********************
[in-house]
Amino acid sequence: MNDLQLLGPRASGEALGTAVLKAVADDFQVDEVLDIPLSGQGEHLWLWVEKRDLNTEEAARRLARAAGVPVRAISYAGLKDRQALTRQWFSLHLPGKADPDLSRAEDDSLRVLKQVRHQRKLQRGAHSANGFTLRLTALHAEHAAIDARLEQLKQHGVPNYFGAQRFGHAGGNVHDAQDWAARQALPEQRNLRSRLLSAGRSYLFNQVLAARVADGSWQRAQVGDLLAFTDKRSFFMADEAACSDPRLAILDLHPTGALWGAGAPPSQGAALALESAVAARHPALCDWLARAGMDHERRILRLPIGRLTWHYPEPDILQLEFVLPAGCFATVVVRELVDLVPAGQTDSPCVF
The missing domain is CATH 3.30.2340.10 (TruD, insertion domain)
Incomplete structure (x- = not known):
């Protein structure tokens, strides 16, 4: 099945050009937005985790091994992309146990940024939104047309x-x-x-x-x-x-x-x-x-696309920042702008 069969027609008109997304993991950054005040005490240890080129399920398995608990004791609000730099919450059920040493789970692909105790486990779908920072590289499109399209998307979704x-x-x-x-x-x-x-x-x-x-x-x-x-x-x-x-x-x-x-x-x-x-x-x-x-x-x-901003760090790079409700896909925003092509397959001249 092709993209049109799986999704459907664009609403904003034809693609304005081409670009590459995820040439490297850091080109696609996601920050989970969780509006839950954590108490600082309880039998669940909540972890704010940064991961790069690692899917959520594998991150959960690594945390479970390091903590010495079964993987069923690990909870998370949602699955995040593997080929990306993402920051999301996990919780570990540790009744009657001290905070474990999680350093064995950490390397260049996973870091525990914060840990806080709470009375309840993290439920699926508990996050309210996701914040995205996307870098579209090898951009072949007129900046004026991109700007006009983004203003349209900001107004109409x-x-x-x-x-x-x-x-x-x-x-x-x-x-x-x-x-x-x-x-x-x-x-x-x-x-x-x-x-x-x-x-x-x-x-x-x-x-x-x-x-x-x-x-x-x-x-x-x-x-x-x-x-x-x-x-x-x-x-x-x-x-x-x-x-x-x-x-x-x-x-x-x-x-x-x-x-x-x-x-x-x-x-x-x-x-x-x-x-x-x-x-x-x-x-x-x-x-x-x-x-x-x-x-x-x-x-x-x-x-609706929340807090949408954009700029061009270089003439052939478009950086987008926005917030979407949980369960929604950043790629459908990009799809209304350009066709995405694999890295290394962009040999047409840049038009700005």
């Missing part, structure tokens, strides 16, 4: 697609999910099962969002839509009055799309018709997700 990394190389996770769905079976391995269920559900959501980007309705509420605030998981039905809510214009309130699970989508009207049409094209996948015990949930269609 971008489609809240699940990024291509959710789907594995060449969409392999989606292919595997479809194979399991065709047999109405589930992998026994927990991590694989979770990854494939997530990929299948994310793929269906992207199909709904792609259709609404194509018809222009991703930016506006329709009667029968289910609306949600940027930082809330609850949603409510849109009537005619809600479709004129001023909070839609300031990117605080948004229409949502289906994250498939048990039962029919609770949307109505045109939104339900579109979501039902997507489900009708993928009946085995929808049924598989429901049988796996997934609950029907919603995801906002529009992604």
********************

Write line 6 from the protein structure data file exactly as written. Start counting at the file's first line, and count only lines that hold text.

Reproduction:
């Missing part, structure tokens, strides 16, 4: 697609999910099962969002839509009055799309018709997700 990394190389996770769905079976391995269920559900959501980007309705509420605030998981039905809510214009309130699970989508009207049409094209996948015990949930269609 971008489609809240699940990024291509959710789907594995060449969409392999989606292919595997479809194979399991065709047999109405589930992998026994927990991590694989979770990854494939997530990929299948994310793929269906992207199909709904792609259709609404194509018809222009991703930016506006329709009667029968289910609306949600940027930082809330609850949603409510849109009537005619809600479709004129001023909070839609300031990117605080948004229409949502289906994250498939048990039962029919609770949307109505045109939104339900579109979501039902997507489900009708993928009946085995929808049924598989429901049988796996997934609950029907919603995801906002529009992604």